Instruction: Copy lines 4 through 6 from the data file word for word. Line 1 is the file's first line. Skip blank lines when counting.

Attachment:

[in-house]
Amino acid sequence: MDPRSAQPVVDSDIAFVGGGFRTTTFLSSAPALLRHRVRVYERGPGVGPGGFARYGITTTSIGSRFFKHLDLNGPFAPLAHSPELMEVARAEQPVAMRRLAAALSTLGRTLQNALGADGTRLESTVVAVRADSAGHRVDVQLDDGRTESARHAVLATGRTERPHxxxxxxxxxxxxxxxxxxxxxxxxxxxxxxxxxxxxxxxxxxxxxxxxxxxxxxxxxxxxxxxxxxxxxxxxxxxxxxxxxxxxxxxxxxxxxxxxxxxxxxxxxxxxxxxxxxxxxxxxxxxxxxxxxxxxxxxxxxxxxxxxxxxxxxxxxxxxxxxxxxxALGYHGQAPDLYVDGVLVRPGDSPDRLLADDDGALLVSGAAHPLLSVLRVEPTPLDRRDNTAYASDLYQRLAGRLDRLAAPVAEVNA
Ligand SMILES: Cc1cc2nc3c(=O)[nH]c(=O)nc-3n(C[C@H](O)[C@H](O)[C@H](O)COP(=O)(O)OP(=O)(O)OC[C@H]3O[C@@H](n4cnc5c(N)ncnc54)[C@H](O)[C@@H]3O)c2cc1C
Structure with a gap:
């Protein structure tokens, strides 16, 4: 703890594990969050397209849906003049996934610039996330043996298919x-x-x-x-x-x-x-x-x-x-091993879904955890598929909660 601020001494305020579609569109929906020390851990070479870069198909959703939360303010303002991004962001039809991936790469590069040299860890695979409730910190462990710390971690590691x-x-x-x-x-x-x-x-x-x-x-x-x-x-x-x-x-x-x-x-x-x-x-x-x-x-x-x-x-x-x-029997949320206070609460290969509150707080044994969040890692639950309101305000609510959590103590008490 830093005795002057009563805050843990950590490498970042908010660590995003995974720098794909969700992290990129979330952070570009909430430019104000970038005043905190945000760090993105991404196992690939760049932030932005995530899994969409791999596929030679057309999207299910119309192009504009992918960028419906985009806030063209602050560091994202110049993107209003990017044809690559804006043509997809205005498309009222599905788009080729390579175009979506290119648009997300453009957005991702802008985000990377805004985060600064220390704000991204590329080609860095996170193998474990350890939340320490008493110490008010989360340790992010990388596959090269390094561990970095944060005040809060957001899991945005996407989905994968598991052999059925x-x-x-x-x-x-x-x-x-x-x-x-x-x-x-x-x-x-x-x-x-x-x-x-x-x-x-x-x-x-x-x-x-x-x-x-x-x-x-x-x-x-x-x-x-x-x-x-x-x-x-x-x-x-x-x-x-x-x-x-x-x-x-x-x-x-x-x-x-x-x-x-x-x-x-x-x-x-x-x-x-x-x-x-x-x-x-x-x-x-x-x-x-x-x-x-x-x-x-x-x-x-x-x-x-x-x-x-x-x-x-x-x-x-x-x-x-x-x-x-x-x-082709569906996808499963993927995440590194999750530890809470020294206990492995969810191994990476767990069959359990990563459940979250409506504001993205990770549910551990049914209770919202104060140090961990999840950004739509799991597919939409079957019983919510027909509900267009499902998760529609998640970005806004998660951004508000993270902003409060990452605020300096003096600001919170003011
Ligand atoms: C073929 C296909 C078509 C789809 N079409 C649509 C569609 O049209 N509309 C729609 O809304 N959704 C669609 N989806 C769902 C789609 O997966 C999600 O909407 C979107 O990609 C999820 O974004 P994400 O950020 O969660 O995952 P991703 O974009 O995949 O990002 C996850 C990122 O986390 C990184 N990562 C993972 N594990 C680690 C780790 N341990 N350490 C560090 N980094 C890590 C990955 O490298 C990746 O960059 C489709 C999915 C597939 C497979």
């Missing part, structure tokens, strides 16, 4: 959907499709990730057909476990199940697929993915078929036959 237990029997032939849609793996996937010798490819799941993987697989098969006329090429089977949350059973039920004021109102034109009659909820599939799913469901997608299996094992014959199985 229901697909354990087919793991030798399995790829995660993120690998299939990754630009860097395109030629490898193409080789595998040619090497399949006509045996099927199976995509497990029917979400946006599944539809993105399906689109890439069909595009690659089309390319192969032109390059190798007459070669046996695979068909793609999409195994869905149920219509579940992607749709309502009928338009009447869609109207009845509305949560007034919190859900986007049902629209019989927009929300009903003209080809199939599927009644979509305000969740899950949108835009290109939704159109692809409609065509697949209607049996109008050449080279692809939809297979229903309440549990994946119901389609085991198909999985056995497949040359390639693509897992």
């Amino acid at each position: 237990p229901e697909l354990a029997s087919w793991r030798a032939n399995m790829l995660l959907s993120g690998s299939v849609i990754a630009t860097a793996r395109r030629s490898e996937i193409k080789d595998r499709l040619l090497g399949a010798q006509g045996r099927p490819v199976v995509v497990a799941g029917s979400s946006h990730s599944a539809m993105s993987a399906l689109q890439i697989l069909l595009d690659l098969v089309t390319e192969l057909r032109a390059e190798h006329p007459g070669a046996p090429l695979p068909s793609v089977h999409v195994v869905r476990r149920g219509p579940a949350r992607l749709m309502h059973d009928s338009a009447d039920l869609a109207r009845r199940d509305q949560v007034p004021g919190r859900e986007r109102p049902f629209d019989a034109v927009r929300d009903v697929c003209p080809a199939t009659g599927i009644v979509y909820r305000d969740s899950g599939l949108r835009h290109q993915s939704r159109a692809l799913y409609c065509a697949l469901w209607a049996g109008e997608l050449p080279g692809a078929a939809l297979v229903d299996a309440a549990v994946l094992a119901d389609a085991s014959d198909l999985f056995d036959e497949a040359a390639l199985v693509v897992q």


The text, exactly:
Structure with a gap:
């Protein structure tokens, strides 16, 4: 703890594990969050397209849906003049996934610039996330043996298919x-x-x-x-x-x-x-x-x-x-091993879904955890598929909660 601020001494305020579609569109929906020390851990070479870069198909959703939360303010303002991004962001039809991936790469590069040299860890695979409730910190462990710390971690590691x-x-x-x-x-x-x-x-x-x-x-x-x-x-x-x-x-x-x-x-x-x-x-x-x-x-x-x-x-x-x-029997949320206070609460290969509150707080044994969040890692639950309101305000609510959590103590008490 830093005795002057009563805050843990950590490498970042908010660590995003995974720098794909969700992290990129979330952070570009909430430019104000970038005043905190945000760090993105991404196992690939760049932030932005995530899994969409791999596929030679057309999207299910119309192009504009992918960028419906985009806030063209602050560091994202110049993107209003990017044809690559804006043509997809205005498309009222599905788009080729390579175009979506290119648009997300453009957005991702802008985000990377805004985060600064220390704000991204590329080609860095996170193998474990350890939340320490008493110490008010989360340790992010990388596959090269390094561990970095944060005040809060957001899991945005996407989905994968598991052999059925x-x-x-x-x-x-x-x-x-x-x-x-x-x-x-x-x-x-x-x-x-x-x-x-x-x-x-x-x-x-x-x-x-x-x-x-x-x-x-x-x-x-x-x-x-x-x-x-x-x-x-x-x-x-x-x-x-x-x-x-x-x-x-x-x-x-x-x-x-x-x-x-x-x-x-x-x-x-x-x-x-x-x-x-x-x-x-x-x-x-x-x-x-x-x-x-x-x-x-x-x-x-x-x-x-x-x-x-x-x-x-x-x-x-x-x-x-x-x-x-x-x-082709569906996808499963993927995440590194999750530890809470020294206990492995969810191994990476767990069959359990990563459940979250409506504001993205990770549910551990049914209770919202104060140090961990999840950004739509799991597919939409079957019983919510027909509900267009499902998760529609998640970005806004998660951004508000993270902003409060990452605020300096003096600001919170003011
Ligand atoms: C073929 C296909 C078509 C789809 N079409 C649509 C569609 O049209 N509309 C729609 O809304 N959704 C669609 N989806 C769902 C789609 O997966 C999600 O909407 C979107 O990609 C999820 O974004 P994400 O950020 O969660 O995952 P991703 O974009 O995949 O990002 C996850 C990122 O986390 C990184 N990562 C993972 N594990 C680690 C780790 N341990 N350490 C560090 N980094 C890590 C990955 O490298 C990746 O960059 C489709 C999915 C597939 C497979």